SNJM Mission to Japan
We take advantage of the Asian Heritage Month highlighted by Canada, to recall the existence of an SNJM mission in Japan in the 20th century.
The idea of founding a mission in this country dates back to 1926. The presence of Canadian Franciscan Fathers in a region of Japan was not unrelated to the request. Thus, at the Montreal Missionary Exhibition in 1930, Father Gabriel-Marie Duchesnay, OFM, missionary in Japan, made official representations to the General Administration of the Sisters of the Holy Names of Jesus and Mary (SNJM). He hopes that the Congregation will collaborate in opening a school in Kagoshima, located on an island in Japan.
It was finally on November 11, 1931 that Sisters Marie-Edith (Catherine Brossoit), M.-Véronique-du-Crucifix (Gertrude St-Germain), Marie-Esterwin (Ruth Redmond) and M.-Ann-Patricia (Teresa Cunniffe) left the Motherhouse in Outremont to carry out this mission. This month-long journey begins with a train ride to Vancouver. Then, they will take the boat to Yokohama, Japan, before taking the train and another boat to arrive at their destination on December 10.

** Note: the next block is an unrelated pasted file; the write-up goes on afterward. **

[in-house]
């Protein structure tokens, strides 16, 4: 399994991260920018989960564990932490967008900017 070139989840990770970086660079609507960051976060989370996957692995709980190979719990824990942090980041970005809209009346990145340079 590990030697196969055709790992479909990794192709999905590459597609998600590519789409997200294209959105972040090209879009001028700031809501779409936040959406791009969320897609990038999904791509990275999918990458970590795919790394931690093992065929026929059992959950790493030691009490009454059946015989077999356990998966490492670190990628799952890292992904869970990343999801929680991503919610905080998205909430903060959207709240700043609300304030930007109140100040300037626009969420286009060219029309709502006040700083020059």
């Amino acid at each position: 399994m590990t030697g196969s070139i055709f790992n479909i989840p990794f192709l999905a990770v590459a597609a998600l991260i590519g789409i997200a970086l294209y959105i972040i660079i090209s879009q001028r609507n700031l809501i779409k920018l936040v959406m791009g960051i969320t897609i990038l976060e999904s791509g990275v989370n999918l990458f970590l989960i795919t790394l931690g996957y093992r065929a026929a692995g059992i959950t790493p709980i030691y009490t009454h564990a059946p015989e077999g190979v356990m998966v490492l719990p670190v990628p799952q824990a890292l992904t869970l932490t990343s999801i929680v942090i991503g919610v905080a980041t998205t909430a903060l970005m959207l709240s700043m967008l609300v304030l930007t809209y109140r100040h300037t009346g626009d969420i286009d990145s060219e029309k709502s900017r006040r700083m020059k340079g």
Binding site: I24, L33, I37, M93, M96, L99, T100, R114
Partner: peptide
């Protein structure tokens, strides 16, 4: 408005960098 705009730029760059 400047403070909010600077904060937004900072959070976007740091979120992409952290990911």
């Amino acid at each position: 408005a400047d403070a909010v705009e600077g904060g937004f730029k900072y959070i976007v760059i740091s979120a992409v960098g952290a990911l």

As in other SNJM missions, the nuns begin their stay by learning the language and the customs of the country. They became involved in the community life of the parish and in the evangelization of the Japanese. In April 1932, the SNJMs opened their first music and English classes at their Yakushi Cho residence.
The SNJM mission in Japan ended in 1940, in the wake of the world conflict. After the war, some SNJM sisters returned to Japan to continue the work of education. Even today, the SNJMs still have an attachment to Japan and maintain some ties.
Asian Heritage Month has been celebrated in Canada in May since the 1990s. The goal is to promote awareness of the diversity of cultures and the history of Asian communities in Canada. It is an invitation to “celebrate their contributions to the growth and prosperity of our society,” says the Canadian government.
Photo credit: SNJM Central Archives